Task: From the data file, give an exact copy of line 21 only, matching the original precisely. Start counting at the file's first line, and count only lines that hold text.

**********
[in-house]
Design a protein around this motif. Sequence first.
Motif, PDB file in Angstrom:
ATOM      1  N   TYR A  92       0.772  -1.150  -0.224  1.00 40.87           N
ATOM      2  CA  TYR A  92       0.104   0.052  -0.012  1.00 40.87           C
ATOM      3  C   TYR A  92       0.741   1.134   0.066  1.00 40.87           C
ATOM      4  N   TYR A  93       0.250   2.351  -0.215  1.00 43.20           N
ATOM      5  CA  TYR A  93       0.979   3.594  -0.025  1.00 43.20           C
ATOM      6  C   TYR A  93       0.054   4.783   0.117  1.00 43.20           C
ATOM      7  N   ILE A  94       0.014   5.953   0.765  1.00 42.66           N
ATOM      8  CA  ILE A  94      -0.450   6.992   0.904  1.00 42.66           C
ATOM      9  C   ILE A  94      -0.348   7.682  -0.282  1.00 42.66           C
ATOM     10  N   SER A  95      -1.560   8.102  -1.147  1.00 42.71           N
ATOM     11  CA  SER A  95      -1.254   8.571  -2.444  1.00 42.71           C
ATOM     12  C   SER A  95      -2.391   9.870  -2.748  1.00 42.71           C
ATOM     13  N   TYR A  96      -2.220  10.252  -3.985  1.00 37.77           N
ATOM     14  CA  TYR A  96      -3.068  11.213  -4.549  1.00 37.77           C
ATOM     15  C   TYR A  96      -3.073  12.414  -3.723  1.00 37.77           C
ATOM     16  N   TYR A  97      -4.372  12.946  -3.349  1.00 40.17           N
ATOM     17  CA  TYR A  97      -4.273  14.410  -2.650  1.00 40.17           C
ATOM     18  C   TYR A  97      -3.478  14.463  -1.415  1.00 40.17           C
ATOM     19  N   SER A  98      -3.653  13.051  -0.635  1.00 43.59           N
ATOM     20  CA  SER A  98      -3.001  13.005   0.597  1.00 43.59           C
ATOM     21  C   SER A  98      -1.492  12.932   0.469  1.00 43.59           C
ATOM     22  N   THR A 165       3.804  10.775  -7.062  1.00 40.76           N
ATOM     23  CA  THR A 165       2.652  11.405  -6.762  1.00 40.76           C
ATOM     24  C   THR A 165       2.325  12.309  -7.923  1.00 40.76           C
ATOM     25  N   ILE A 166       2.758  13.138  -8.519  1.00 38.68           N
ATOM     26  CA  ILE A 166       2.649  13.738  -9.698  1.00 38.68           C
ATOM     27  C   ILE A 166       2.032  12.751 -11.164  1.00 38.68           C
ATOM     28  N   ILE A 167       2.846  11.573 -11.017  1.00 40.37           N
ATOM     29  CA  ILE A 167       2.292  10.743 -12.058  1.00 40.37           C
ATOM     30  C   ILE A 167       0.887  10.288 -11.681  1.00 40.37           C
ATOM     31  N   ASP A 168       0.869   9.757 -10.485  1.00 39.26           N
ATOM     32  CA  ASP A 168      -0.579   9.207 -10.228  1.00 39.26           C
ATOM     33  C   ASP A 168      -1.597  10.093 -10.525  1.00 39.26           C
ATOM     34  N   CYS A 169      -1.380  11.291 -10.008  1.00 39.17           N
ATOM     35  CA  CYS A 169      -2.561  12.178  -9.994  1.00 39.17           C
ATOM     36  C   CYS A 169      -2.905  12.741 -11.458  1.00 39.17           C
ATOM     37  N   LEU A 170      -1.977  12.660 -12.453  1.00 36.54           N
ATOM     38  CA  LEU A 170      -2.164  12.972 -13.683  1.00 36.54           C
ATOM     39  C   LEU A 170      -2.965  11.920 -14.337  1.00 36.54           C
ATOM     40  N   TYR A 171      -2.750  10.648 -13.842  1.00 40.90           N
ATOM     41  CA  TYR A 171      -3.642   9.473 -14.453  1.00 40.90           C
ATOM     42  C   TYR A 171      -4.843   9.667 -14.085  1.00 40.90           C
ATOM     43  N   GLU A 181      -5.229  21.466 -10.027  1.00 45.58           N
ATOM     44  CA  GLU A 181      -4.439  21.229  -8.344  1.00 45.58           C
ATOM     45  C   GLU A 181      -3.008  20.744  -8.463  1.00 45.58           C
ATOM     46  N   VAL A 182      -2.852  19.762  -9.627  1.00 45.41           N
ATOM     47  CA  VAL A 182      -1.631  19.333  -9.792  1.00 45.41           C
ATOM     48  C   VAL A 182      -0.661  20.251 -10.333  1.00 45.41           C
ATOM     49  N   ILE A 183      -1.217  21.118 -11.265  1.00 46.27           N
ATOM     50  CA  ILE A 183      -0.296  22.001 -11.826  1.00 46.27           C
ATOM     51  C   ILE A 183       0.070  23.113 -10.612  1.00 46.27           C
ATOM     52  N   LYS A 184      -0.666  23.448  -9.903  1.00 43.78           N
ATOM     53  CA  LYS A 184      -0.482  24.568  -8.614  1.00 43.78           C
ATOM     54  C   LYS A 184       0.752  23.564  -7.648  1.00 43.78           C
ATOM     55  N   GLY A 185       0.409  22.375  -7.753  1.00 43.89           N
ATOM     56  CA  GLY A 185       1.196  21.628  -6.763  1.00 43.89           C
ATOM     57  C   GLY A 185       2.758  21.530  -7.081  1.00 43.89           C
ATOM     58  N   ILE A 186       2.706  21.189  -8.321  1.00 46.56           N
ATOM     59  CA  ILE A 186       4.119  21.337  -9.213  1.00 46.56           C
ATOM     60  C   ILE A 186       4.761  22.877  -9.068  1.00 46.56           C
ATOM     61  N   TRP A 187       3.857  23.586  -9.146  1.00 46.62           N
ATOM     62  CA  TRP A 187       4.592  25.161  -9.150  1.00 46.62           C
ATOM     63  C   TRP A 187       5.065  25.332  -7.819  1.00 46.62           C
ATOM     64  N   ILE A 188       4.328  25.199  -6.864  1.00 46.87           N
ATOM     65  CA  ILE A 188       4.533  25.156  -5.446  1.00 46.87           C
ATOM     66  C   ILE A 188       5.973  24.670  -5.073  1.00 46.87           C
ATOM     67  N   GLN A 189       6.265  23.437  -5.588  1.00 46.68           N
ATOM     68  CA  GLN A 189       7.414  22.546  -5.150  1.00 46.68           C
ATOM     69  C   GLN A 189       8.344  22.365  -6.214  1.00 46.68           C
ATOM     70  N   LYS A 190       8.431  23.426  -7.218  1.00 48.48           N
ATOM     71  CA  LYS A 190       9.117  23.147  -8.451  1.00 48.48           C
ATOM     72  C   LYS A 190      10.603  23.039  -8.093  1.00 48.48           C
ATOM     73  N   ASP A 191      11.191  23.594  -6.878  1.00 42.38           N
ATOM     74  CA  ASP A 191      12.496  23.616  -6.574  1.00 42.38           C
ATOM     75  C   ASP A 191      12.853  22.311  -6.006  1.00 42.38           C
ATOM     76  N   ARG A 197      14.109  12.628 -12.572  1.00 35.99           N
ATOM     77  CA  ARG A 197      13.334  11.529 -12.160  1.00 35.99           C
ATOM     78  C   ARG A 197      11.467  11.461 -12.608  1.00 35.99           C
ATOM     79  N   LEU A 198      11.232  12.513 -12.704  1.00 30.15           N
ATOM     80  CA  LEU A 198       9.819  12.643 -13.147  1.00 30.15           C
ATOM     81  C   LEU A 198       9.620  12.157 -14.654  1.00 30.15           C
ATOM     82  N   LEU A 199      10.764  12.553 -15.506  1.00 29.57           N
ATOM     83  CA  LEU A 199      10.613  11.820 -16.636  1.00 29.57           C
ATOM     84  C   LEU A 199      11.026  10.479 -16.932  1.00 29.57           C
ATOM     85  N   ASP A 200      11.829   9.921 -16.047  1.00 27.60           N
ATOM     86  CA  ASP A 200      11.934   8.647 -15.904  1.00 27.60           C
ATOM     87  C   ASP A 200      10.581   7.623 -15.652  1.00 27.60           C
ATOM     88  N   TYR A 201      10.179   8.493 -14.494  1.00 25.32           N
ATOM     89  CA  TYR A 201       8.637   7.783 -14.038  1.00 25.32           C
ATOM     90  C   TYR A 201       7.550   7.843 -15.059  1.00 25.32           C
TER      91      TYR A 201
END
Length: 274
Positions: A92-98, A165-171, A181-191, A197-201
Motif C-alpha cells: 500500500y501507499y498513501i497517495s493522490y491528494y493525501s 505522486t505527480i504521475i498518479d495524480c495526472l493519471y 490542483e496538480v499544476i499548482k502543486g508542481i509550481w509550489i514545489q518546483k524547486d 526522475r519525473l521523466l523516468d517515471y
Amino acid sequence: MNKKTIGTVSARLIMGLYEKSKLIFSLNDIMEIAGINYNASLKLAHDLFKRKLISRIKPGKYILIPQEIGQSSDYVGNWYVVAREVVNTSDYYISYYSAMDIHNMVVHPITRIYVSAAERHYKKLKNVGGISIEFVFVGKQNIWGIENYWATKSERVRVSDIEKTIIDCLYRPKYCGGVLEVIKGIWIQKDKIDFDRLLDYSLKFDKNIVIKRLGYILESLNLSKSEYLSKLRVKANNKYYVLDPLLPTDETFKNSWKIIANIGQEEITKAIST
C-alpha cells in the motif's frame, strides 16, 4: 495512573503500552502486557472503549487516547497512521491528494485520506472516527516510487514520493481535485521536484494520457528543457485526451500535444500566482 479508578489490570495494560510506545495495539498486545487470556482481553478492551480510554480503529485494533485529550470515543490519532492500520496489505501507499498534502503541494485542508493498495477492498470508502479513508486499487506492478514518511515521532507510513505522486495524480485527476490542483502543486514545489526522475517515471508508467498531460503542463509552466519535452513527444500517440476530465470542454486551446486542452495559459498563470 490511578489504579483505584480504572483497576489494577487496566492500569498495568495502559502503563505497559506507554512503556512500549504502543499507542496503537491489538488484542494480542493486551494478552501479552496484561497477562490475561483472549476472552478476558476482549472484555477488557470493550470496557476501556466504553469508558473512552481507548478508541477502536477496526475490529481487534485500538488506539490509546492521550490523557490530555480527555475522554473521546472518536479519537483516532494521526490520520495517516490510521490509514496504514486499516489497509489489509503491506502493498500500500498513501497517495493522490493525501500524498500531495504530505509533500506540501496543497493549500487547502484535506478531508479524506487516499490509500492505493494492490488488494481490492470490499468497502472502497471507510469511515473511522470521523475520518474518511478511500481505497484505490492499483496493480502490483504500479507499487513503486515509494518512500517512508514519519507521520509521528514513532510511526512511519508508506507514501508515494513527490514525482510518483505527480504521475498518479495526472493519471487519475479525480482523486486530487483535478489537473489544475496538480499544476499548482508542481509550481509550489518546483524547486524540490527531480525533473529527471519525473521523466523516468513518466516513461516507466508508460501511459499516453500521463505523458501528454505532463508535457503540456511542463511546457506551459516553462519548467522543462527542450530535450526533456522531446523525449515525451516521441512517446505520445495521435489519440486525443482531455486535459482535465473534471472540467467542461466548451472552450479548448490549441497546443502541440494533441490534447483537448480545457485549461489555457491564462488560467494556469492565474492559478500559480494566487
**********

ATOM     18  C   TYR A  97      -3.478  14.463  -1.415  1.00 40.17           C